Second, like temperament, intelligence and so many other non-physical traits, I hold that the primal religious impulses are something we have gained from our ancestors, and that the indigenous religions of our people in some significant measure express that. Religion is a sweeping concept, containing within a great many different things from social mores to dogmatic principles, but I feel that beneath and behind all that it is a primal center- by which I mean, the way we relate to the world and the gods. In this way, Christianity may be the religion particular individuals have held among our ancestors, complete with its doctrines and particular morality, but the way in which the Europeans confronted the numinous in their lives was quite like that of their own ancestors. One need only look at the transformation of Christianity or Islam to meet the primal religious core of whichever people adopted it.
In that sense I hold that Ásatrú is not only the particular religious expression of 10th Century Scandinavians and 6th Century Anglo-Saxons and 1st Century Cherusci, but part of a continuum across the millennia. In the historical record there is no demarkation point between these particular faiths and their religious predecessors. I hold that our gods have been our gods, that Odin did not suddenly come into existence with the Germanic peoples. He is real and alive, and has been for millennia. As the myths indicate, he is related to us. In some cases, as with Tyr, a relationship can be shown directly to gods in other Indo-European pantheons, which takes the religion- as it relates to the honoring of particular deities- at least that far back, and I think it extends further still.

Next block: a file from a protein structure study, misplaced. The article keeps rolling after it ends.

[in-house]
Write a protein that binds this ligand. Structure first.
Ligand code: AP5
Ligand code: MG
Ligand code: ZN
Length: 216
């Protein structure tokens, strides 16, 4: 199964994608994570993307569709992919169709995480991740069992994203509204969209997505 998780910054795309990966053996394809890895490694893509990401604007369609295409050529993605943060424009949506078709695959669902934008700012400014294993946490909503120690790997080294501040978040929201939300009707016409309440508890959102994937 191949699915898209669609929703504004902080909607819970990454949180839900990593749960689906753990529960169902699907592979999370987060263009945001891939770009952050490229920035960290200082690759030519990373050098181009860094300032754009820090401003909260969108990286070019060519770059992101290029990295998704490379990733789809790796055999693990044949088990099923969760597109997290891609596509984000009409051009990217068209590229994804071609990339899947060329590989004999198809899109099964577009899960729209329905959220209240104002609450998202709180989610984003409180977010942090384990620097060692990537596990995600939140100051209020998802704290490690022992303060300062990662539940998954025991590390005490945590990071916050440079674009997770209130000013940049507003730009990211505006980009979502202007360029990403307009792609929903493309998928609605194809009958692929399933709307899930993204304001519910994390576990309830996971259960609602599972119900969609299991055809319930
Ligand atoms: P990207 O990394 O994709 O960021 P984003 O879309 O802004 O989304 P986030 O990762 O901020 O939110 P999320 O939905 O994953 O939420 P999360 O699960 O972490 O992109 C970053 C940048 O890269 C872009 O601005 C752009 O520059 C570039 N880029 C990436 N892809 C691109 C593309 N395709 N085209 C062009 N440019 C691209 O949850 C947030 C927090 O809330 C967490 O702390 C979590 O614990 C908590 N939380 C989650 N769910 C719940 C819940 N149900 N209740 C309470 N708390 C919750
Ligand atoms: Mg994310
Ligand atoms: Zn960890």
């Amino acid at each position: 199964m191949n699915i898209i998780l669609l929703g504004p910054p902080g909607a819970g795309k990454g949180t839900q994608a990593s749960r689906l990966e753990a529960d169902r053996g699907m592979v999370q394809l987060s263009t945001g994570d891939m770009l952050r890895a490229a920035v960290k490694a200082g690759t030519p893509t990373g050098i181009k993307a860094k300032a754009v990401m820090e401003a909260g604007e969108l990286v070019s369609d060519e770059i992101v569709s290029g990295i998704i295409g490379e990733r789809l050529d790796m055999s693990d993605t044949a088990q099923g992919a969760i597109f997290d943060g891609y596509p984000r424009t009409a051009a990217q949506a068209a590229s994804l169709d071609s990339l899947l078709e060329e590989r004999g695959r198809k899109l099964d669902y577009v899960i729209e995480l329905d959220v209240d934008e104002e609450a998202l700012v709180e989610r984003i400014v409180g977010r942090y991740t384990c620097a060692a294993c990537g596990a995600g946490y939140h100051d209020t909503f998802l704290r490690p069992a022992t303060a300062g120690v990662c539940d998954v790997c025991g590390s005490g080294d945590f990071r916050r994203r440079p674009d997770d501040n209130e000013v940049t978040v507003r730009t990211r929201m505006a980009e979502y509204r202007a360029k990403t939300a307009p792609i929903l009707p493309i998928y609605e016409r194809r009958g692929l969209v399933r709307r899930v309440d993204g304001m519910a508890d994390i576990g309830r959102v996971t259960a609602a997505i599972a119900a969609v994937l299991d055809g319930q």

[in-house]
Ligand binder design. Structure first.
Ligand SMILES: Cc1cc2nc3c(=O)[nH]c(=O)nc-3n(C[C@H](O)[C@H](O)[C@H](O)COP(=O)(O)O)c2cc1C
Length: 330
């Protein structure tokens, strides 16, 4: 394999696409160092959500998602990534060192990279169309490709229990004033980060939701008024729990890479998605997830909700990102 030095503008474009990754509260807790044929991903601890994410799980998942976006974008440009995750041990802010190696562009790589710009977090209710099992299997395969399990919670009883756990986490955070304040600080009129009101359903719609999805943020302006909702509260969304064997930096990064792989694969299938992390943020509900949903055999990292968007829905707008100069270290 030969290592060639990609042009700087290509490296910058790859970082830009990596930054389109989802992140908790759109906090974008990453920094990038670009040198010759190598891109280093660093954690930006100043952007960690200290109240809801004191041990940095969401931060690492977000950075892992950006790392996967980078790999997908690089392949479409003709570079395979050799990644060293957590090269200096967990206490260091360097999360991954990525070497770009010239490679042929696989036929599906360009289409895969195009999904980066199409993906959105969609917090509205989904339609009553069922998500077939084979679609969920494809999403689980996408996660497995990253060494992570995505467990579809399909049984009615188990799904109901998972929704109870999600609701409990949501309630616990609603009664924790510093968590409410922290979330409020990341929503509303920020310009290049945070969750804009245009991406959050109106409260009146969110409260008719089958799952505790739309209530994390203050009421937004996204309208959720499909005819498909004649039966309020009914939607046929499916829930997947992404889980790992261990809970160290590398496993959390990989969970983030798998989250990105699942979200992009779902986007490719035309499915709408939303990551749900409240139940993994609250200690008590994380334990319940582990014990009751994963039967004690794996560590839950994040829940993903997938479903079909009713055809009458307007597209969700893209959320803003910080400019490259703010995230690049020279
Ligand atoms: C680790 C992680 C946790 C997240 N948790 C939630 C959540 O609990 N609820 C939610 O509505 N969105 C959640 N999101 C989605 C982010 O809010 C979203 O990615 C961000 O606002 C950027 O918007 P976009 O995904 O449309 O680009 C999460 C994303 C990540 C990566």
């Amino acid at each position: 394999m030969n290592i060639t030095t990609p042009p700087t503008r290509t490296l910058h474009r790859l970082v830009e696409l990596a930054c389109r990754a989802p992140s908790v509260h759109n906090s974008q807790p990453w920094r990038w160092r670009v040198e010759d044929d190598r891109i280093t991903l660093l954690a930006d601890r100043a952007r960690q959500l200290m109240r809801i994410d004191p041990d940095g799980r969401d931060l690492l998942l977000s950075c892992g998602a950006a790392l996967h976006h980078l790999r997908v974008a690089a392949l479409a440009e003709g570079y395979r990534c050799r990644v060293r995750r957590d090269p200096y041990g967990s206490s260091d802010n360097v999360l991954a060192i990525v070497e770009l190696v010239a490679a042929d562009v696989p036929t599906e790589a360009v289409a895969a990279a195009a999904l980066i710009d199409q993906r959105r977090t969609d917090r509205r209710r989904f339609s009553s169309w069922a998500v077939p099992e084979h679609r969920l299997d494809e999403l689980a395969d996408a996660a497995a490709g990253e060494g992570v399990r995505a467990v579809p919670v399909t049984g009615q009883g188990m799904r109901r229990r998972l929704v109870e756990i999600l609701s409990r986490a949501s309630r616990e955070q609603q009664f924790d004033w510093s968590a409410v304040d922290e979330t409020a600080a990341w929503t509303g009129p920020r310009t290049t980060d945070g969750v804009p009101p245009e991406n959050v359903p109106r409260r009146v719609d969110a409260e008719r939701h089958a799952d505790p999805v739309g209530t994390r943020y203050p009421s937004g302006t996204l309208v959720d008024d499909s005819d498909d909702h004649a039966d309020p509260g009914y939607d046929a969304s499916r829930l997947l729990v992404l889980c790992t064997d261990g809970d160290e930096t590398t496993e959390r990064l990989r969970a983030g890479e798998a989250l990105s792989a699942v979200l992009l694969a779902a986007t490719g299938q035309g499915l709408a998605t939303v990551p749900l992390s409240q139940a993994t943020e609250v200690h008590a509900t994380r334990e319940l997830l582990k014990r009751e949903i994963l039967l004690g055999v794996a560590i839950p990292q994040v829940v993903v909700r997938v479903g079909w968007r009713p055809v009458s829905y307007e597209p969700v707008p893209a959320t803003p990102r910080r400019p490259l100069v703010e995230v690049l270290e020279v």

It is my belief, and granted one that cannot be conclusively proven, that Ásatrú as practiced today is a legitimate expression of the religious impulse of those who came before us, where their own religious doctrine is unknown. Unlike religious doctrines, one does not become Ásatrú is the truest sense, one is Ásatrú, in much the same sense that one is one's ancestors.
"This has nothing to do with religion, culture, or other such things... come to think of it, I can't see as to how it relates to anything at all. Pure genetic chance and random cell mutations are not a basis for religion. It also is tainted with the idea that you cannot choose a path of your own free-will but that you are a spiritual slave to your ancestors, your Gods, and a past way of life that has no direct influence on present living. Ok... now what I am missing to understand this view?""
Much of who you are is derived from your ancestry- you, as a living being, are directly a product of your ancestors... that is the foundation of your existence. There are many elements involved, and certainly some are unique to you as an individual. You can choose a number of factors in your life. Another element is the involuntary impulses of your life- your breathing, your heartbeat, your immune system. It doesn't diminish your individuality to say that these go on without your making a choice of any kind. Likewise, your physical appearance, and much of your temperament is derived from your ancestors. You didn't choose them, and to some degree you can alter them, but in large part they are just who you are, who you were at birth. So it is with our spirituality, I believe. Some religious paths are truer to who we are- indeed are us.